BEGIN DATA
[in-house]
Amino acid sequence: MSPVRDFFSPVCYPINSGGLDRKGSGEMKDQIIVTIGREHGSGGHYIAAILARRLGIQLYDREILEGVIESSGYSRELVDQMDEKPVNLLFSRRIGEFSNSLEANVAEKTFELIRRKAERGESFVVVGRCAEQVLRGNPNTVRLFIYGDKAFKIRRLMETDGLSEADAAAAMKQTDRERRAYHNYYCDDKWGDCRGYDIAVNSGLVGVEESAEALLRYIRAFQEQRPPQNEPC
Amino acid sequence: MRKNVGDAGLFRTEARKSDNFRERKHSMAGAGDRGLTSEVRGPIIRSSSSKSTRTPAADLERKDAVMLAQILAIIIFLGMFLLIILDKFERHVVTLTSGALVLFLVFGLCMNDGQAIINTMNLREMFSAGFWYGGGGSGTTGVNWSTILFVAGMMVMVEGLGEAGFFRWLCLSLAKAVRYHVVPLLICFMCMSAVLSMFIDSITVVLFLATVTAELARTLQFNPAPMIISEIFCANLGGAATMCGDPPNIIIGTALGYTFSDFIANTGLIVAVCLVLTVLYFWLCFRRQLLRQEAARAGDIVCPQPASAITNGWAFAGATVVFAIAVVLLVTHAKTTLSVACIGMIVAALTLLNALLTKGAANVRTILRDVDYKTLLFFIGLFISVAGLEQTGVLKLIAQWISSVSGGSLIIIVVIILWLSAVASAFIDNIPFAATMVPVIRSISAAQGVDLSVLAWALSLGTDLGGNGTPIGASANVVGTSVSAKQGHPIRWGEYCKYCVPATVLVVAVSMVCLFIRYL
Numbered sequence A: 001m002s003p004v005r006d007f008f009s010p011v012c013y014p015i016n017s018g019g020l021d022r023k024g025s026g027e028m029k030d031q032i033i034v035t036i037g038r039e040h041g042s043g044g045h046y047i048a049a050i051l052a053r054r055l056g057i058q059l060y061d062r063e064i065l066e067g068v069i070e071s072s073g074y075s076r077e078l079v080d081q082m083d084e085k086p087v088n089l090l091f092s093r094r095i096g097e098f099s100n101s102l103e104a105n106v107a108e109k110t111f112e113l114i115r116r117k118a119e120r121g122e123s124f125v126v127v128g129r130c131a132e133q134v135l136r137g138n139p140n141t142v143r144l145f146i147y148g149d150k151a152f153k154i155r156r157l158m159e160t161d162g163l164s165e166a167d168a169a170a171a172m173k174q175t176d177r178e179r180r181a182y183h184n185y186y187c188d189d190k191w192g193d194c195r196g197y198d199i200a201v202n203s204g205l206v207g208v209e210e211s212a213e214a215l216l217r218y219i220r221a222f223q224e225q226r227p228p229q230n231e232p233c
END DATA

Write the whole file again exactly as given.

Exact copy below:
[in-house]
Amino acid sequence: MSPVRDFFSPVCYPINSGGLDRKGSGEMKDQIIVTIGREHGSGGHYIAAILARRLGIQLYDREILEGVIESSGYSRELVDQMDEKPVNLLFSRRIGEFSNSLEANVAEKTFELIRRKAERGESFVVVGRCAEQVLRGNPNTVRLFIYGDKAFKIRRLMETDGLSEADAAAAMKQTDRERRAYHNYYCDDKWGDCRGYDIAVNSGLVGVEESAEALLRYIRAFQEQRPPQNEPC
Amino acid sequence: MRKNVGDAGLFRTEARKSDNFRERKHSMAGAGDRGLTSEVRGPIIRSSSSKSTRTPAADLERKDAVMLAQILAIIIFLGMFLLIILDKFERHVVTLTSGALVLFLVFGLCMNDGQAIINTMNLREMFSAGFWYGGGGSGTTGVNWSTILFVAGMMVMVEGLGEAGFFRWLCLSLAKAVRYHVVPLLICFMCMSAVLSMFIDSITVVLFLATVTAELARTLQFNPAPMIISEIFCANLGGAATMCGDPPNIIIGTALGYTFSDFIANTGLIVAVCLVLTVLYFWLCFRRQLLRQEAARAGDIVCPQPASAITNGWAFAGATVVFAIAVVLLVTHAKTTLSVACIGMIVAALTLLNALLTKGAANVRTILRDVDYKTLLFFIGLFISVAGLEQTGVLKLIAQWISSVSGGSLIIIVVIILWLSAVASAFIDNIPFAATMVPVIRSISAAQGVDLSVLAWALSLGTDLGGNGTPIGASANVVGTSVSAKQGHPIRWGEYCKYCVPATVLVVAVSMVCLFIRYL
Numbered sequence A: 001m002s003p004v005r006d007f008f009s010p011v012c013y014p015i016n017s018g019g020l021d022r023k024g025s026g027e028m029k030d031q032i033i034v035t036i037g038r039e040h041g042s043g044g045h046y047i048a049a050i051l052a053r054r055l056g057i058q059l060y061d062r063e064i065l066e067g068v069i070e071s072s073g074y075s076r077e078l079v080d081q082m083d084e085k086p087v088n089l090l091f092s093r094r095i096g097e098f099s100n101s102l103e104a105n106v107a108e109k110t111f112e113l114i115r116r117k118a119e120r121g122e123s124f125v126v127v128g129r130c131a132e133q134v135l136r137g138n139p140n141t142v143r144l145f146i147y148g149d150k151a152f153k154i155r156r157l158m159e160t161d162g163l164s165e166a167d168a169a170a171a172m173k174q175t176d177r178e179r180r181a182y183h184n185y186y187c188d189d190k191w192g193d194c195r196g197y198d199i200a201v202n203s204g205l206v207g208v209e210e211s212a213e214a215l216l217r218y219i220r221a222f223q224e225q226r227p228p229q230n231e232p233c